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Frequently Asked Questions About Heart Disease

  • What is atherosclerosis?
  • Answer:

    Atherosclerosis, often described as a hardening of the arteries, occurs when the normal lining of the arteries deteriorates, the walls of arteries thicken, and deposits of fat and plaque build up, causing narrowing (or even blockage) of the arteries.

    Coronary artery disease is a form of atherosclerosis. In coronary artery disease, the arteries that supply blood to the heart become severely narrowed, decreasing the supply of oxygen-rich blood to the heart -- especially during times of increased activity. Extra strain on the heart may result in chest pain (angina) and other symptoms.

  • What's the link between smoking and heart disease?
  • Answer:

    About 30% of all deaths from heart disease in the U.S. are directly related to cigarette smoking. Smoking is a major cause of atherosclerosis.

    Among other things, the nicotine present in smoke causes:

    • Decreased oxygen to the heart
    • Increased blood pressure and heart rate
    • Increase in blood clotting
    • Damage to cells that line coronary arteries and other blood vessels, triggering atherosclerosis and heart disease

  • What are the risk factors for coronary artery disease?
  • Answer:

    Conditions that increase a person's risk for heart disease, also called coronary artery disease, are called risk factors. There are some risk factors that you can't do anything about. These include:

    Other risk factors, fortunately, can be controlled. These include:

    By improving lifestyle habits, you can reduce your risk of heart attack or angina.

  • What should I do if I have risk factors for coronary artery disease?
  • Answer:

    There are many things you can do to decrease your risk of developing heart disease. If the artery-clogging process has already begun, you can slow the rate at which it progresses by improving your diet, exercising, quitting smoking, and reducing stress. With very careful lifestyle modification, you can stop or even reverse the narrowing of arteries. While this is very important for everyone with risk factors for the disease, it is even more important if you have had a heart attack and/or procedure to restore blood flow to your heart or other areas of your body.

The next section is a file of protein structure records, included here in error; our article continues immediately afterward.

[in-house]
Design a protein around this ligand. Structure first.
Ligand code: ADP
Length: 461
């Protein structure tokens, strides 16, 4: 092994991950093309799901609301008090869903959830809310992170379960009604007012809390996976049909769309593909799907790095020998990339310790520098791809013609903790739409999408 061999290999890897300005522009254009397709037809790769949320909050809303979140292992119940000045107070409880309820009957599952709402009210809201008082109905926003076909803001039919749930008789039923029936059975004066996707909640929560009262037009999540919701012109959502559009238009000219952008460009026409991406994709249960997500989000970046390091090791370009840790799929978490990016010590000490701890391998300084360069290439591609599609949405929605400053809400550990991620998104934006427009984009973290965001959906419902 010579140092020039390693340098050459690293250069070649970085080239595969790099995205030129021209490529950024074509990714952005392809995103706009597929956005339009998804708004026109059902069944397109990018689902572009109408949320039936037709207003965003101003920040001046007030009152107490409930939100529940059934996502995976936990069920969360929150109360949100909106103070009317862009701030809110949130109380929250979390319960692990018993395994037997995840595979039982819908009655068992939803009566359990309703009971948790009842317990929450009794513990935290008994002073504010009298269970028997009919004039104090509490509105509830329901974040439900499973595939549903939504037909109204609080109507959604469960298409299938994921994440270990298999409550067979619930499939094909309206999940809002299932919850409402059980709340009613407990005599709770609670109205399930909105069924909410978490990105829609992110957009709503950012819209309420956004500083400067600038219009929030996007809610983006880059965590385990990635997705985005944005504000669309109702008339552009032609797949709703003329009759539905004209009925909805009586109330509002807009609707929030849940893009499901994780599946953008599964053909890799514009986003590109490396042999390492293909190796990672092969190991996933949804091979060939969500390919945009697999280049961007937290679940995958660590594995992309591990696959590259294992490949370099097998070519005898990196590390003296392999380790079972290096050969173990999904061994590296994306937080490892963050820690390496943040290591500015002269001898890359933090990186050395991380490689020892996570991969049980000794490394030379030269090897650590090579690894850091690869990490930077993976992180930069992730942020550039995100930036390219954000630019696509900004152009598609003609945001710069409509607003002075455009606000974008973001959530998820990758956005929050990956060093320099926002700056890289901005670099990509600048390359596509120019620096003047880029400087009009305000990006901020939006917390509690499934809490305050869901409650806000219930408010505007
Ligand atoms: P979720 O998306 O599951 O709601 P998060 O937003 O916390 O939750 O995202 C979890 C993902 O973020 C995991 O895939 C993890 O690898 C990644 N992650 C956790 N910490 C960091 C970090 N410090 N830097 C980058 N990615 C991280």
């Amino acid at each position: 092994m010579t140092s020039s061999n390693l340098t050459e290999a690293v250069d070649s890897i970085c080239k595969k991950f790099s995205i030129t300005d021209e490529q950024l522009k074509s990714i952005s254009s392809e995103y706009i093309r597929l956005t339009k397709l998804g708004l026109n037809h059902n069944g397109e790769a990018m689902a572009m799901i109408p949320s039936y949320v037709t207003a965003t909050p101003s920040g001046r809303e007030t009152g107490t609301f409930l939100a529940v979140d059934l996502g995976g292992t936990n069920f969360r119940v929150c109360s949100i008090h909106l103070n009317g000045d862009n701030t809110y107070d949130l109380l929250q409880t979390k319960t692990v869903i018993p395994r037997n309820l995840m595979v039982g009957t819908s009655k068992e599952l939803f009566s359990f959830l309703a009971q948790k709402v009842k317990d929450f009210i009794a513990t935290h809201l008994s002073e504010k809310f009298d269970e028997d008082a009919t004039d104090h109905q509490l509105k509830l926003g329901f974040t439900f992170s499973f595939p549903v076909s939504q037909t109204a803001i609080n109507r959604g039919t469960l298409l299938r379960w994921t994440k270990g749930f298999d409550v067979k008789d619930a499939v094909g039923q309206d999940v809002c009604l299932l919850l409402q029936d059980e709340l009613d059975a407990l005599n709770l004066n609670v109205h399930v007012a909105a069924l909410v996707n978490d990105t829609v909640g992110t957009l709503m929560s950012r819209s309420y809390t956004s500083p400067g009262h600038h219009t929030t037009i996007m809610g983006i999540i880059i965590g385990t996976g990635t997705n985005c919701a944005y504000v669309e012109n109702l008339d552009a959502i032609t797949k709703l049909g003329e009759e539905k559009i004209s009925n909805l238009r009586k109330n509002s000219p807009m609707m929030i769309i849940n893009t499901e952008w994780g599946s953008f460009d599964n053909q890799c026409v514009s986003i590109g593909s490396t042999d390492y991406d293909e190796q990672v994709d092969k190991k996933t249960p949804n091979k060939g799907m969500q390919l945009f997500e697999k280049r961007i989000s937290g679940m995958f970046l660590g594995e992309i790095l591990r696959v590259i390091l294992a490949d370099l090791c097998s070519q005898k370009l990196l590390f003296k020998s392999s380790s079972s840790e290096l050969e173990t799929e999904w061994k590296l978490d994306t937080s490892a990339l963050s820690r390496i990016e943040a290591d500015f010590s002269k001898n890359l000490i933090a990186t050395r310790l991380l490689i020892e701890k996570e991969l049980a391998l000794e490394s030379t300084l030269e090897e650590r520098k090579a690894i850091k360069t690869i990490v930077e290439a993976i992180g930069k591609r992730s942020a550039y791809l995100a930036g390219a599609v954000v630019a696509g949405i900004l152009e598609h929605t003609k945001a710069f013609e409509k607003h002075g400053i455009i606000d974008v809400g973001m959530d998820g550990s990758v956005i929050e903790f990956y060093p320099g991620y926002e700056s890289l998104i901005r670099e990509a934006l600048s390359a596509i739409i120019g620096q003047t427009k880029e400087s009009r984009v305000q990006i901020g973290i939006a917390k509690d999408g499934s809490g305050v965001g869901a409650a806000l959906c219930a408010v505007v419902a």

• What dietary changes can I make to reduce my heart disease risk?
  • Answer:

    Eating right is a powerful way to reduce or even eliminate some heart disease risk factors. Adopting a heart-healthy nutrition strategy can help reduce total and LDL ("bad") cholesterol, lower blood pressure, lower blood sugar, and reduce body weight.

    To reduce your risk of heart disease, try these tips.

    • Increase your intake of vegetables, fruits, whole grains, and legumes.
    • Limit fat intake. When you use added fat, use fats high in mono- and polyunsaturates only.
    • Eat lean sources of protein, such as chicken, fish, and soy.  Avoid red meat, as this tends to be high in fat and cholesterol.
    • Limit intake of cholesterol.
    • Eat complex carbohydrates (such as whole-grain bread, rice, pasta) and limit simple carbohydrates (such as regular soda, sugar, sweets).
    • Eat small but frequent meals throughout the day (for example, eating five to six mini-meals).
    • Reduce salt intake.
    • Exercise regularly.
    • Drink 32 to 64 ounces of water daily (unless you are fluid restricted).

  • What is cholesterol?
  • Answer:

    Cholesterol is a soft waxy like material that is made in the liver of animals. Animal foods such as egg yolks, milk fat, organ meats, and shellfish, contain cholesterol too.

    In many people, an elevated blood cholesterol level (hypercholesterolemia) is caused by excessive intake of foods high in saturated fats, cholesterol, and calories. Reducing intake of these products can reduce cholesterol levels. Limit intake to 300 milligrams of cholesterol per day.

  • How common is heart disease among women?
  • Answer:

    Heart disease is the leading cause of death in women over 40 years old, especially after menopause. Once a woman reaches the age of 50 (about the age of natural menopause), the risk for heart disease increases dramatically. In young women who have undergone early or surgical menopause, the risk for heart disease is also higher, especially when combined with other risk factors such as:

    • Diabetes
    • Smoking
    • High blood pressure
    • High blood cholesterol, especially high LDL or "bad" cholesterol
    • Obesity
    • Lack of exercise
    • Family history of heart disease

WebMD Medical Reference

Reviewed by Thomas M. Maddox, MD on June 11, 2012

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